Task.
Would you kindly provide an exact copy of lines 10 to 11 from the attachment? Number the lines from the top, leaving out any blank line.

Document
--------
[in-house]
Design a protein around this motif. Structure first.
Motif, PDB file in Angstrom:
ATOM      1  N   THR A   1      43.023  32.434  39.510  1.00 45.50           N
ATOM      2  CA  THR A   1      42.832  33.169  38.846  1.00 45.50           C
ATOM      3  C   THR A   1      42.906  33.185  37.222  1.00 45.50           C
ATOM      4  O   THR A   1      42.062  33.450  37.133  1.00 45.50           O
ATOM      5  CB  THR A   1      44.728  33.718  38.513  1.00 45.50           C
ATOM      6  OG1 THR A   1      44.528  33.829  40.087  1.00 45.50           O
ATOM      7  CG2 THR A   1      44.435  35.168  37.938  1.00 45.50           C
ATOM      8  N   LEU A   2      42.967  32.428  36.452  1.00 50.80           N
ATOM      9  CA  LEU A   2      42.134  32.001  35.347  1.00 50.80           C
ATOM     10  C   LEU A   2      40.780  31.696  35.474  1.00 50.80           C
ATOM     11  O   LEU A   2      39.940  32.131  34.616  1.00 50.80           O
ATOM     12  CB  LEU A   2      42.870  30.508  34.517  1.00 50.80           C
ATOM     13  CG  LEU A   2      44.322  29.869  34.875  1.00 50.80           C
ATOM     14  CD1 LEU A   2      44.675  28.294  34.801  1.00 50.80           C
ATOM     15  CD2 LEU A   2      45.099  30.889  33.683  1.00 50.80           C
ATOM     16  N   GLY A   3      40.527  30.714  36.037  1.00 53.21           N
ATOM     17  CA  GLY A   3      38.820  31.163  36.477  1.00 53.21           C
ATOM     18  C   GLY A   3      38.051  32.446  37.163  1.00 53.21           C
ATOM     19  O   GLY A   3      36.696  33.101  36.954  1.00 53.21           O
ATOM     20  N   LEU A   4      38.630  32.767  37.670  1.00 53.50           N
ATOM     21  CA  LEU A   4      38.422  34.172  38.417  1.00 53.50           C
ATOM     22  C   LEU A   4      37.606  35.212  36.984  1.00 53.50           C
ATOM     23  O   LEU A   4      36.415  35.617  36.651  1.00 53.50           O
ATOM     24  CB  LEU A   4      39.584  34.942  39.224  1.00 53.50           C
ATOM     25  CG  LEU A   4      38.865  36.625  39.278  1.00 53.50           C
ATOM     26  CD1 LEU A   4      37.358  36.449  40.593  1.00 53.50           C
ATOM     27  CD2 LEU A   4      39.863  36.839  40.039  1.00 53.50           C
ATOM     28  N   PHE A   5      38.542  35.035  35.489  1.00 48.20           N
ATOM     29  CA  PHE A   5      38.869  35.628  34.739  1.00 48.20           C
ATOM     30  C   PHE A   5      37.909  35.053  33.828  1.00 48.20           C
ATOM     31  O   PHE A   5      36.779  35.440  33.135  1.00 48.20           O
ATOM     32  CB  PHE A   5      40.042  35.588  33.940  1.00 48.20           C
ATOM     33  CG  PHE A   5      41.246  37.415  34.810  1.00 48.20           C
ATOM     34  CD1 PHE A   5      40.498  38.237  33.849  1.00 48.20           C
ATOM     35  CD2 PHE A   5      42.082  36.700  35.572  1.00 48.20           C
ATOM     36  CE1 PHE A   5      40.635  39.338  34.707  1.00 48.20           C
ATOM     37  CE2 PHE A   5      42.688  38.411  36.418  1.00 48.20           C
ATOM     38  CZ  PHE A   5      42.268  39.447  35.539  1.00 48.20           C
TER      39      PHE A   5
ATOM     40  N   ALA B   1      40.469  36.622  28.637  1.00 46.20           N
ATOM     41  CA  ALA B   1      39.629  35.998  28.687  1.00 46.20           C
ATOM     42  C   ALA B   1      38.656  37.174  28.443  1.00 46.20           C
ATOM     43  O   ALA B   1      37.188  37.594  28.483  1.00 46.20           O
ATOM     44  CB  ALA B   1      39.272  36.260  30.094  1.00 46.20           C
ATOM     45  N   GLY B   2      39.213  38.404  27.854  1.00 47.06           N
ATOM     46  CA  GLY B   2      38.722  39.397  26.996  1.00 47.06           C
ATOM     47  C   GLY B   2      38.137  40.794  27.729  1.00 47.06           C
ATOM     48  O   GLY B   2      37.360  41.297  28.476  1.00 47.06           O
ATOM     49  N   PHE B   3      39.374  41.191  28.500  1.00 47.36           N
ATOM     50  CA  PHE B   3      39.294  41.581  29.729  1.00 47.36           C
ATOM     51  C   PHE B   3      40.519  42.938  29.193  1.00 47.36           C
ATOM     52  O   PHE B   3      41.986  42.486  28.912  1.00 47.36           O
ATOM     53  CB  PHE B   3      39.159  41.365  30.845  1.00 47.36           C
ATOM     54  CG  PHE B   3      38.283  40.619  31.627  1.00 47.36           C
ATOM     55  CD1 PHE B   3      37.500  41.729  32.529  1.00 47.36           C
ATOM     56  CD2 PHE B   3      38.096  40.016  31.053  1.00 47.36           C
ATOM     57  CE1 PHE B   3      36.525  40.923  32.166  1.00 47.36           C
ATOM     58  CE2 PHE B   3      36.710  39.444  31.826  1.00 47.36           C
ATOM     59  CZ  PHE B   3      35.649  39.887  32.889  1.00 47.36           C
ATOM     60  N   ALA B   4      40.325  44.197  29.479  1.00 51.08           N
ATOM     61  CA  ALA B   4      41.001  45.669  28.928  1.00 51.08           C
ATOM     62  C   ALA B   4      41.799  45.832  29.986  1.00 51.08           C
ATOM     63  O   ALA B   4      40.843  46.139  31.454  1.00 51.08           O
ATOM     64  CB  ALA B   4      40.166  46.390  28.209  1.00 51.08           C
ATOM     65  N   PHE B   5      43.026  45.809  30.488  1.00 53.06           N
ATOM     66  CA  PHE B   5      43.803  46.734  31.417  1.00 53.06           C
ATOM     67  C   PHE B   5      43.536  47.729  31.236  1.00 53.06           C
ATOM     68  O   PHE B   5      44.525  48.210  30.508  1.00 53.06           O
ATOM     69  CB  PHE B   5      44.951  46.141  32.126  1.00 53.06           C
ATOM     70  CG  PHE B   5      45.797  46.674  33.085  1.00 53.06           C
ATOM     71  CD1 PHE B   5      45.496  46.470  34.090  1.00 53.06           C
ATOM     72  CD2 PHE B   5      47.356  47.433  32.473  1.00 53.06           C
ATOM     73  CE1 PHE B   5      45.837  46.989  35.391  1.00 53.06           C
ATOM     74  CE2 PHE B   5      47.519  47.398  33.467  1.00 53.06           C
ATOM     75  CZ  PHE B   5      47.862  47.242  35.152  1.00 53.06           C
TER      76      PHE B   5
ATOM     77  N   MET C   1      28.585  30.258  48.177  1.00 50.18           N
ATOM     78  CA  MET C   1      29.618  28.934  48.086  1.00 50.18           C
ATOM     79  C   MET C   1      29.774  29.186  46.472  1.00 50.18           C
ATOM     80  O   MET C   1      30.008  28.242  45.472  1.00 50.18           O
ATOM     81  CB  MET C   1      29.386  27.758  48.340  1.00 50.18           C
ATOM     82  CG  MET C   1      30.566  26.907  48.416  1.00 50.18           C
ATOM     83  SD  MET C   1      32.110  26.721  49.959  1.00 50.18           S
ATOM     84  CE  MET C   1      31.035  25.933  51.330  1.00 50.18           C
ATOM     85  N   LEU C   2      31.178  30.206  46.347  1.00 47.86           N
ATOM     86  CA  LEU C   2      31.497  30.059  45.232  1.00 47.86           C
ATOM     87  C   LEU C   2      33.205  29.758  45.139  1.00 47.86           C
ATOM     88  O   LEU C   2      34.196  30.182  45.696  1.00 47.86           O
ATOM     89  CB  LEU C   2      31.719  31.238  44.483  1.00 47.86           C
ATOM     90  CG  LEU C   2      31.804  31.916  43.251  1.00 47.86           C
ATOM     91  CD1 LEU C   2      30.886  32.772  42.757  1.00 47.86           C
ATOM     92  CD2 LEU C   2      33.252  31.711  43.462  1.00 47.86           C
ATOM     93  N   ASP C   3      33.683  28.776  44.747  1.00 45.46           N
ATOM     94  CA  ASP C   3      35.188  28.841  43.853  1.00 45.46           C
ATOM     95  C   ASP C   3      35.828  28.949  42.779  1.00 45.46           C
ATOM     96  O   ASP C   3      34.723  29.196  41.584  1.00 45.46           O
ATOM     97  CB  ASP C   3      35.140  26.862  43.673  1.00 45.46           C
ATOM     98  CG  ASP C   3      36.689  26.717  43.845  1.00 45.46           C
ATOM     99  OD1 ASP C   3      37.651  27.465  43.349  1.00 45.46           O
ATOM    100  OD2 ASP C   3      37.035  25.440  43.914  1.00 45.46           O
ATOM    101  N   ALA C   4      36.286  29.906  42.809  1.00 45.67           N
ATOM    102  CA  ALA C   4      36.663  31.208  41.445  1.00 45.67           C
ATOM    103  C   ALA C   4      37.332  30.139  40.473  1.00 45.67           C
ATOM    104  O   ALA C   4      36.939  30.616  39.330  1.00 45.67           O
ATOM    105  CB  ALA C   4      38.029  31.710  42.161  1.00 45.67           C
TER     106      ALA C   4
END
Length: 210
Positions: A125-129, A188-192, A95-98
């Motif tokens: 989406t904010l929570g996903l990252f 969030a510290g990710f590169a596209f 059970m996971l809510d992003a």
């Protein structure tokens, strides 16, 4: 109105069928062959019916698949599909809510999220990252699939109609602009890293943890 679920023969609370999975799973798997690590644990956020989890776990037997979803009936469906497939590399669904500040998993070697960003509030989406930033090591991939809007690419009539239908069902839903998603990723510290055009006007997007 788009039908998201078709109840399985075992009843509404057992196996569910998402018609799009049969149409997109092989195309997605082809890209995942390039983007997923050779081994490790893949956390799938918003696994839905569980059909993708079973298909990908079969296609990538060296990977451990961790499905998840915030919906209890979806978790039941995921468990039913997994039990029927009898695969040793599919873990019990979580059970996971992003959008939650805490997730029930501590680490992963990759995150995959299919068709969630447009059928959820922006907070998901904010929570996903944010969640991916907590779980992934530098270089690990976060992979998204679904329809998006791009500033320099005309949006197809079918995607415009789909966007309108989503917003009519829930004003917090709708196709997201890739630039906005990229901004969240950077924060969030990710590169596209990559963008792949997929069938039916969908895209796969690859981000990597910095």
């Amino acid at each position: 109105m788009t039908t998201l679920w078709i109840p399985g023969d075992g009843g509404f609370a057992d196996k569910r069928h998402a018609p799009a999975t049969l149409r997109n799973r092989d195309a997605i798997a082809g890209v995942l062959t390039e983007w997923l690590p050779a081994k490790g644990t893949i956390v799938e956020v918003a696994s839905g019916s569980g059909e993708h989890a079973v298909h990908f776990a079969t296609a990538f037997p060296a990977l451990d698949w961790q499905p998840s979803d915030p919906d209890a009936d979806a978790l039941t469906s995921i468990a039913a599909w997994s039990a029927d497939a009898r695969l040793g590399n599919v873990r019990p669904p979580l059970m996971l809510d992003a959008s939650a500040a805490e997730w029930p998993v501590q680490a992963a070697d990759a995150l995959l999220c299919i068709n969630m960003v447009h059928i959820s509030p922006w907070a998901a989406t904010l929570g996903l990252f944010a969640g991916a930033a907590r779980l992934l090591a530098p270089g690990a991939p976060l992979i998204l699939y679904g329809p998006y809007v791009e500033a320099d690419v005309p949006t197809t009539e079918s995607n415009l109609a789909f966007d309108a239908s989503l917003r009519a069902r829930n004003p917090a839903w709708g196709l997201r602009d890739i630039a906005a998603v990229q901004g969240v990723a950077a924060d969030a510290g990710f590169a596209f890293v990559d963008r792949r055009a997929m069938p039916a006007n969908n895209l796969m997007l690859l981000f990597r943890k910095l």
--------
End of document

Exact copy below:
ATOM      7  CG2 THR A   1      44.435  35.168  37.938  1.00 45.50           C
ATOM      8  N   LEU A   2      42.967  32.428  36.452  1.00 50.80           N